Two cheers for UCAS figures

February 1, 2014

The two charts above – from the report here – are some of the most encouraging charts of recent times in public policy. The first chart shows the application rates to UK universities for the most disadvantaged 18 year olds. That rise is very significant – applications among the poorest students have almost doubled in England and Scotland over the period, and sizeable increases in Wales and N Ireland. And whilst there are dips in occasional years – most notably in 2011 with the first year of introduction of higher tuition fees – the trend is unmistakeable. Tuition fees did not put off students in 2004, and the near trebling of fees has not done so in 2011. Despite tuition fees, university has – officially – never been more popular amongst the poorest 18 year olds.

The second chart is the same data for the most advantaged students. This shows a small rise in England since 2004, with the other home nations staying mostly flat.

So what can we take from this data? Three observations and a couple of questions:

  • A comparison between the two charts knocks on the head the argument that poorer young people are going to university because of lack of jobs. Apart from the fact that the first chart shows a consistent year on year increase – including in boom times in the economy, where graduates and non graduates would not struggle to find work – a labour driven rise in university entry over the past couple of years might be expected to apply more or less evenly across the cohort of 18 year olds, and this has not happened.
  • It is heartening to see students – particularly the poorest students – understand the truth behind what remains a reasonably generous financial system. Despite all the rhetoric and misinformation, students are making rational decisions about the importance of gaining a degree. As I’ve written before, the Coalition – including the Liberal Democrats – should feel proud of most elements of their reform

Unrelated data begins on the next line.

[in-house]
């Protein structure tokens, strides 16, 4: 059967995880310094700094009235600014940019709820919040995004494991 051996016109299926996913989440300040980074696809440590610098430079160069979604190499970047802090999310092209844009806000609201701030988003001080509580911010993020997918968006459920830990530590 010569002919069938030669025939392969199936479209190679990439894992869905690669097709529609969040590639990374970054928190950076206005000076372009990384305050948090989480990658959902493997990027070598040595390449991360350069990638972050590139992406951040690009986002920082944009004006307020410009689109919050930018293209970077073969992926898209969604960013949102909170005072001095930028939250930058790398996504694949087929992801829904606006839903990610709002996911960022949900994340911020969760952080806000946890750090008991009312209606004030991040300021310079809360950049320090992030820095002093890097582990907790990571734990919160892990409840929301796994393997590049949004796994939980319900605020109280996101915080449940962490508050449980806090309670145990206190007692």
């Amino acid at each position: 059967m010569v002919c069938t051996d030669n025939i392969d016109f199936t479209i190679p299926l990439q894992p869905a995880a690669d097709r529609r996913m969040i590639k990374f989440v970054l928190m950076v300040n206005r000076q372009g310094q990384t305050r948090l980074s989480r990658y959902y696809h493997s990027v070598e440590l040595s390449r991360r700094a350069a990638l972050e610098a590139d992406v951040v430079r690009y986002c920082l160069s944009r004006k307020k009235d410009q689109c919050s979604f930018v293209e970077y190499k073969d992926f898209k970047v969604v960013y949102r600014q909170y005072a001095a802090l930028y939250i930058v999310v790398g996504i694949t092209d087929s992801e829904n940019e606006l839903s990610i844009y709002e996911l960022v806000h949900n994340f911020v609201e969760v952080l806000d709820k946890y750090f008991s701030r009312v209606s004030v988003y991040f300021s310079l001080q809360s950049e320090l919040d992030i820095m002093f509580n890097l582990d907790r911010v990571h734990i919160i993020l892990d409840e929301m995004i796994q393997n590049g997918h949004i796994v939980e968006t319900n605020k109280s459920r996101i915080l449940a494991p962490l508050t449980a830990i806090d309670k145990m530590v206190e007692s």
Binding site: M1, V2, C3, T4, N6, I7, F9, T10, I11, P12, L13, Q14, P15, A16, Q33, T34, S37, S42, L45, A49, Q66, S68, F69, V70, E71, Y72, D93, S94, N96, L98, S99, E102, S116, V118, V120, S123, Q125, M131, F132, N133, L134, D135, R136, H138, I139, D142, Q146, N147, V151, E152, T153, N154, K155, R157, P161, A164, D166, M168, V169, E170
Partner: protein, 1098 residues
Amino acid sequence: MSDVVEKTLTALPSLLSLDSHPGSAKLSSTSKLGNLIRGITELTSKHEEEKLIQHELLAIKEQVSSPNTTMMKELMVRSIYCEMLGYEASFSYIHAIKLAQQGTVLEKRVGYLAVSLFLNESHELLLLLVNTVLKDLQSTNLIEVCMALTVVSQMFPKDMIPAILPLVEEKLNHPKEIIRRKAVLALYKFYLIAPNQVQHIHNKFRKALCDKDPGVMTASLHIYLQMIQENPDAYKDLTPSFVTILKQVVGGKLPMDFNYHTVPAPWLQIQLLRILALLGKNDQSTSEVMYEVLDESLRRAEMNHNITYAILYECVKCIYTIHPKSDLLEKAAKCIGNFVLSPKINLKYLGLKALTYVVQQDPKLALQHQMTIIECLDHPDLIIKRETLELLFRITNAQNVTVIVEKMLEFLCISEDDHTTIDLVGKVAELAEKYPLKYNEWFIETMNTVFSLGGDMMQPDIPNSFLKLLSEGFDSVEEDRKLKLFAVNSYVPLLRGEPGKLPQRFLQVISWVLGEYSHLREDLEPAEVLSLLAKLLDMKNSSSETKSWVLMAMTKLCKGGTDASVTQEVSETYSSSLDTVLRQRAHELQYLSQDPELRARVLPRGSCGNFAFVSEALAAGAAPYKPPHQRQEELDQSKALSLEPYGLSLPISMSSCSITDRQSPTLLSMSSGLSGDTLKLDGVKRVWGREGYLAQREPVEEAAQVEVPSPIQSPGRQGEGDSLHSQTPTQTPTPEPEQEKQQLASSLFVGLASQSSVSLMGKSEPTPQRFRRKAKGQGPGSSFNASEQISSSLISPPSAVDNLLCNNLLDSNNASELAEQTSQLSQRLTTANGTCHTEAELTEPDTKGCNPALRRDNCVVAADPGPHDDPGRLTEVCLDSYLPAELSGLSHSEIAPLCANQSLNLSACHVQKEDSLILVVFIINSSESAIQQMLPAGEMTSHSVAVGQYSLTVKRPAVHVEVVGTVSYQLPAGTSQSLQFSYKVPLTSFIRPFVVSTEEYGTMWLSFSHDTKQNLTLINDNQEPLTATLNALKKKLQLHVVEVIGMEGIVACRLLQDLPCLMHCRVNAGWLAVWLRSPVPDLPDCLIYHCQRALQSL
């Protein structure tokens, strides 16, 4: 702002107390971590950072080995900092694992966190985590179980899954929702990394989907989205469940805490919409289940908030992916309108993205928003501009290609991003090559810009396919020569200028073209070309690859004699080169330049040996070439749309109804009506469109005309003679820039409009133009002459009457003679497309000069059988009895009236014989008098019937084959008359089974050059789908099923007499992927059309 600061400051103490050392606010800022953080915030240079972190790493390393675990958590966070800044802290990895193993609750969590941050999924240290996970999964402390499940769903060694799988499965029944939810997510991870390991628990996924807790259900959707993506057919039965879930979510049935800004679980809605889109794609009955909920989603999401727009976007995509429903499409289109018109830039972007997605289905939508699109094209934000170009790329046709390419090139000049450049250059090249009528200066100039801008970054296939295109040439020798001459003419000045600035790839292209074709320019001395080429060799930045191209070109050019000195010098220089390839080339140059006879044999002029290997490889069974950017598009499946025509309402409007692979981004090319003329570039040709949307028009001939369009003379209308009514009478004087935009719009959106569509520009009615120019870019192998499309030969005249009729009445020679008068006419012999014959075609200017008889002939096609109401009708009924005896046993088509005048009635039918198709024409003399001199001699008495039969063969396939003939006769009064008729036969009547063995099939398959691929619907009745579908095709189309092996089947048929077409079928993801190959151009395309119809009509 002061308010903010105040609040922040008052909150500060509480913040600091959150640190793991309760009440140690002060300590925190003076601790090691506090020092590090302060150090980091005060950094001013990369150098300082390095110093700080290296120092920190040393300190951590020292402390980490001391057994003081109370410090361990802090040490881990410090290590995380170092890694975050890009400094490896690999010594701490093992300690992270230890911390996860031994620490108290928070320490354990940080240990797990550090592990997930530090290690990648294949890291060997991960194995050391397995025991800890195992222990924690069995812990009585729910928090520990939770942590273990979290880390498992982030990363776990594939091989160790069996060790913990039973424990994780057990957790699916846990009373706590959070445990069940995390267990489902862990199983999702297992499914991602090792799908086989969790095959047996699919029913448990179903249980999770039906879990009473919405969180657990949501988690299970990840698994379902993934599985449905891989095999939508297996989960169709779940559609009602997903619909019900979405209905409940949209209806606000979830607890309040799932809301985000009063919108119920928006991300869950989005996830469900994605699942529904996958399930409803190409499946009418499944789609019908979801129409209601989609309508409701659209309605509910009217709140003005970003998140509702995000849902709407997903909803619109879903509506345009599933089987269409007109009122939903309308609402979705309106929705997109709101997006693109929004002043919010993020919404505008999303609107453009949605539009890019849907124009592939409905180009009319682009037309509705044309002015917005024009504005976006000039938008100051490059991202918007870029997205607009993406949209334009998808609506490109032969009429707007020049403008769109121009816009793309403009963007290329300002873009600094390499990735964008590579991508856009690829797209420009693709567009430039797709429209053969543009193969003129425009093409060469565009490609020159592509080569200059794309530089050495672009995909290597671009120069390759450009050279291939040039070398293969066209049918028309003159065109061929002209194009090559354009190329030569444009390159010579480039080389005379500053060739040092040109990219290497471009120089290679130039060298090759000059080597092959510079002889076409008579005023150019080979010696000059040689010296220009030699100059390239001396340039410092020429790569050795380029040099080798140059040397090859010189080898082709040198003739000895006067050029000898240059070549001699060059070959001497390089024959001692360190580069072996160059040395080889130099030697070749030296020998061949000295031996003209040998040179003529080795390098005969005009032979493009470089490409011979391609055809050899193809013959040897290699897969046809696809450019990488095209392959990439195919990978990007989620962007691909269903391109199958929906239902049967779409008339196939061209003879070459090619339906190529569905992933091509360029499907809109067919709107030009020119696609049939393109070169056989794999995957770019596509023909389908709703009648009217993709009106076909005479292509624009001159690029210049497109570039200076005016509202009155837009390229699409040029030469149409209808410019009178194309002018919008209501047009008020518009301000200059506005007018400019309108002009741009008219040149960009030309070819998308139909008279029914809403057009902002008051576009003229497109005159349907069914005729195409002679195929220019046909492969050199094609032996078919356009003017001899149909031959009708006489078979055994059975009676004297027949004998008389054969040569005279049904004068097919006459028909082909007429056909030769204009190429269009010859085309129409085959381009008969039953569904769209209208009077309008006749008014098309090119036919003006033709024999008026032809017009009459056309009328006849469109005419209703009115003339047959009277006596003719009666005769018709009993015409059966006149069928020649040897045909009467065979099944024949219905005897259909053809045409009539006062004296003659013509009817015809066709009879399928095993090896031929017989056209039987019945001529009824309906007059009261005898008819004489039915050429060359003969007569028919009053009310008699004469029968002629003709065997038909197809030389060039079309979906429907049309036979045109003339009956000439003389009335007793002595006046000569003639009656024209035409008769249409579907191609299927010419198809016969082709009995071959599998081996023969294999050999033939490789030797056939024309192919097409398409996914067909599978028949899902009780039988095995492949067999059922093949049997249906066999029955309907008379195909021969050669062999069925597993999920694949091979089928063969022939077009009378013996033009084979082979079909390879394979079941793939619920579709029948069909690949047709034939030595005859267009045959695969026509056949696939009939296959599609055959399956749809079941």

• There is still, however, some way to go for poorer students. Even accounting for prior attainment, Russell Group universities still have far fewer poorer students than might be expected. And poorer students, who are more likely to have lower grades, are more likely to drop out – students who achieve at least AAB are half as likely drop out as those with CCC.
  • Moreover, even if application rates are high, could they be higher still? Are universities and government making the best use of what is called the Widening Participation budgets, which between them total over £1 billion this year?
  • What explains the differentia application rates between the Home Nations? The fact that English application increases at least match Scottish application increases over the period of strongly divergent fees policy suggests that the expensive commitments made by the Scottish Government to abolish tuition fees – a commitment that will not be broken until “rocks melt in the sun” – are perhaps questionable. But does more hide underneath that headline figure? Similarly, to what extent are the high Northern Irish application rates a result of them still having grammar schools?

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